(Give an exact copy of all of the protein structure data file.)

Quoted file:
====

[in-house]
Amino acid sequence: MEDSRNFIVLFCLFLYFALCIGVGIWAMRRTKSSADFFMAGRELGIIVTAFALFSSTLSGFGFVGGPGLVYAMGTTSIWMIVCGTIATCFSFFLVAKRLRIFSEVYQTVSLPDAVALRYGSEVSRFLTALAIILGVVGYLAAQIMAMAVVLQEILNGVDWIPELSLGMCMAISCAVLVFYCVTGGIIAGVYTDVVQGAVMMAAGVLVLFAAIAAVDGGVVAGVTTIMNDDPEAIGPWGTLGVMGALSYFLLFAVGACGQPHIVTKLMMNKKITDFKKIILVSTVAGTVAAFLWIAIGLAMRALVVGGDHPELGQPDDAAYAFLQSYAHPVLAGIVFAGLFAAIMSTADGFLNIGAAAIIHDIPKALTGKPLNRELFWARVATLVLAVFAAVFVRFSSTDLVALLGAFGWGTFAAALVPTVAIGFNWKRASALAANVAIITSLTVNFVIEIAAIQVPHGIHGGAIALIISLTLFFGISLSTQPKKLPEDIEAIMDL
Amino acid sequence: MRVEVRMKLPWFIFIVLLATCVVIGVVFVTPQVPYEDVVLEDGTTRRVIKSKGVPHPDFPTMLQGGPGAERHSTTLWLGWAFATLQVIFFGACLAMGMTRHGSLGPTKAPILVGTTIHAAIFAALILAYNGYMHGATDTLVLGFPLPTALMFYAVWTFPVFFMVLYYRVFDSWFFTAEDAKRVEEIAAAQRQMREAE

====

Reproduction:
[in-house]
Amino acid sequence: MEDSRNFIVLFCLFLYFALCIGVGIWAMRRTKSSADFFMAGRELGIIVTAFALFSSTLSGFGFVGGPGLVYAMGTTSIWMIVCGTIATCFSFFLVAKRLRIFSEVYQTVSLPDAVALRYGSEVSRFLTALAIILGVVGYLAAQIMAMAVVLQEILNGVDWIPELSLGMCMAISCAVLVFYCVTGGIIAGVYTDVVQGAVMMAAGVLVLFAAIAAVDGGVVAGVTTIMNDDPEAIGPWGTLGVMGALSYFLLFAVGACGQPHIVTKLMMNKKITDFKKIILVSTVAGTVAAFLWIAIGLAMRALVVGGDHPELGQPDDAAYAFLQSYAHPVLAGIVFAGLFAAIMSTADGFLNIGAAAIIHDIPKALTGKPLNRELFWARVATLVLAVFAAVFVRFSSTDLVALLGAFGWGTFAAALVPTVAIGFNWKRASALAANVAIITSLTVNFVIEIAAIQVPHGIHGGAIALIISLTLFFGISLSTQPKKLPEDIEAIMDL
Amino acid sequence: MRVEVRMKLPWFIFIVLLATCVVIGVVFVTPQVPYEDVVLEDGTTRRVIKSKGVPHPDFPTMLQGGPGAERHSTTLWLGWAFATLQVIFFGACLAMGMTRHGSLGPTKAPILVGTTIHAAIFAALILAYNGYMHGATDTLVLGFPLPTALMFYAVWTFPVFFMVLYYRVFDSWFFTAEDAKRVEEIAAAQRQMREAE